Related: assisted suicide, doctor assisted suicide, physician assisted, physician assisted suicide, physician-assisted suicide, suicide
  • Assisted Suicide - 1,706 words
    Assisted Suicide Assisted suicide (or Euthanasia) is a topic undergoing serious debate. There exist two obvious and definite opinions regarding this controversy. The anti-euthanasia faction consist of:  Conservative religious groups. They are often the same organizations that oppose access to abortion.  Medical associations whose members are dedicated to saving and extending life, and feel uncomfortable helping people end their lives.  Groups concerned with disabilities, which fear that euthanasia is the first step towards a society that will kill disabled people against their will. These groups bring both a religious and professional ethics perspective to the opinion ...
    Related: assisted suicide, doctor assisted suicide, physician assisted, physician assisted suicide, physician-assisted suicide, suicide
  • Bad Medicine - 730 words
    Bad Medicine Bad Medicine Before the age of television shows, movies, and the Internet people entertained one another with vibrant and exaggerated tales. Geoffrey Chaucer's, The Canterbury Tales, is a good example of this form of entertainment. The novel details the journey of a band of pilgrims, who engaged in a storytelling competition, as they travel toward the shrine of Thomas Becket. These Middle Age storytellers varied as much as the stories, and consisted of a knight, physician, monk, and many more. In "the Prologue" the Physician is revealed as a con artist who cares more about himself than his patients. The Physician was a medical doctor, who was responsible for taking care of the ...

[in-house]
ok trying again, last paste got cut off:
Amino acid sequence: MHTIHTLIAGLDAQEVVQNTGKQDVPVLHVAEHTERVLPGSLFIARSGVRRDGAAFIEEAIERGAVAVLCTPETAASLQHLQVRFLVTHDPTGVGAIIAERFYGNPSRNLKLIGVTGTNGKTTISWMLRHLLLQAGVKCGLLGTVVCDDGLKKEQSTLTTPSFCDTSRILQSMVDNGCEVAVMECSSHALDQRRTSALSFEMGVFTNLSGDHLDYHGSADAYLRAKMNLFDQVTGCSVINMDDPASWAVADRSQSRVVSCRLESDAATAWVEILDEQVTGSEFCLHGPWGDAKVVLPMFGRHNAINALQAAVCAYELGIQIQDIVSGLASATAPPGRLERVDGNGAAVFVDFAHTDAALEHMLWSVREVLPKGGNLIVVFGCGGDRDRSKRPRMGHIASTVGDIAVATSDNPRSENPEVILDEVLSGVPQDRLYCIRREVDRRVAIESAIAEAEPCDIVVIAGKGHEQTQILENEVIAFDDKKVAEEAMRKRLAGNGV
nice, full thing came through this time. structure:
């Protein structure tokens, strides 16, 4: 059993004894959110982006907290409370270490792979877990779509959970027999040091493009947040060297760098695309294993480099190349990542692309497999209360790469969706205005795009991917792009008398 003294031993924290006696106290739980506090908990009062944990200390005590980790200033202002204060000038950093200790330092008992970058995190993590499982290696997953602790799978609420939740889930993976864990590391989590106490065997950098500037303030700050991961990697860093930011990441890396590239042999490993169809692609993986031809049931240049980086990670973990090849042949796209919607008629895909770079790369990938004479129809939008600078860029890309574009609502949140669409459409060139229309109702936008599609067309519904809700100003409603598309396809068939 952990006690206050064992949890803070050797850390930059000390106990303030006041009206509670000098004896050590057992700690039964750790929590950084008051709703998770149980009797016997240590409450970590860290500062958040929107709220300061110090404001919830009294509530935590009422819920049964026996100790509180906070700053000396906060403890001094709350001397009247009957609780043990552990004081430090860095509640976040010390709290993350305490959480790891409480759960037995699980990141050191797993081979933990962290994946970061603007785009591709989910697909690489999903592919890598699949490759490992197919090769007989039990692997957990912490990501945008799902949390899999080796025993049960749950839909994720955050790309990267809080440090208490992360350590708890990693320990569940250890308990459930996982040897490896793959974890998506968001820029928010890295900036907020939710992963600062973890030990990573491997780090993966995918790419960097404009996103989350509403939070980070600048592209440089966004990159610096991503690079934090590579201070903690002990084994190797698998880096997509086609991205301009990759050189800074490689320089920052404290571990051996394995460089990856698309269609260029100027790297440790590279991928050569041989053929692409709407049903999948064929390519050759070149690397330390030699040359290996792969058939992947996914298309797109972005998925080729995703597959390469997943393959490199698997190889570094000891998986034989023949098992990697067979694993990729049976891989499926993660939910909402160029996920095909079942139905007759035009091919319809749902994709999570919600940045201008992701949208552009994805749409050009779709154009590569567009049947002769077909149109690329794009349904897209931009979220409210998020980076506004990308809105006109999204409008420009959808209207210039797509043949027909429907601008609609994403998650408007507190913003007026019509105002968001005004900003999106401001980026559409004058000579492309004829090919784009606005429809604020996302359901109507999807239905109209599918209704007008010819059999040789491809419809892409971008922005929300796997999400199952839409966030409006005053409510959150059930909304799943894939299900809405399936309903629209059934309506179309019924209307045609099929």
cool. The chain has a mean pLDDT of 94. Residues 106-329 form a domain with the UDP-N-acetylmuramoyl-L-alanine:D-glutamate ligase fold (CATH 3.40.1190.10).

Related: medicine, medical doctor, the canterbury tales, geoffrey chaucer, blood
  • Ban Smoking In Public Places - 588 words
    Ban Smoking In Public Places Banning smoking in public places Before people start smoking they have a choice, but once you are a smoker that choice goes and you then become an addict. Smoking is the inhalation and exhalation of the fumes of burning tobacco. The dried leaves of plants are smoked in a pipe or in cigar form, but mostly in cigarettes. European explores arriving in the western hemisphere observed native American smoking leaves of the tobacco plant in pipes, and the practice was introduced onto England in the 1500s. The general attitude was that smoking relieved tension and produced no ill effects. Epidemiologists soon noticed that lung cancer was on the increase. The public at la ...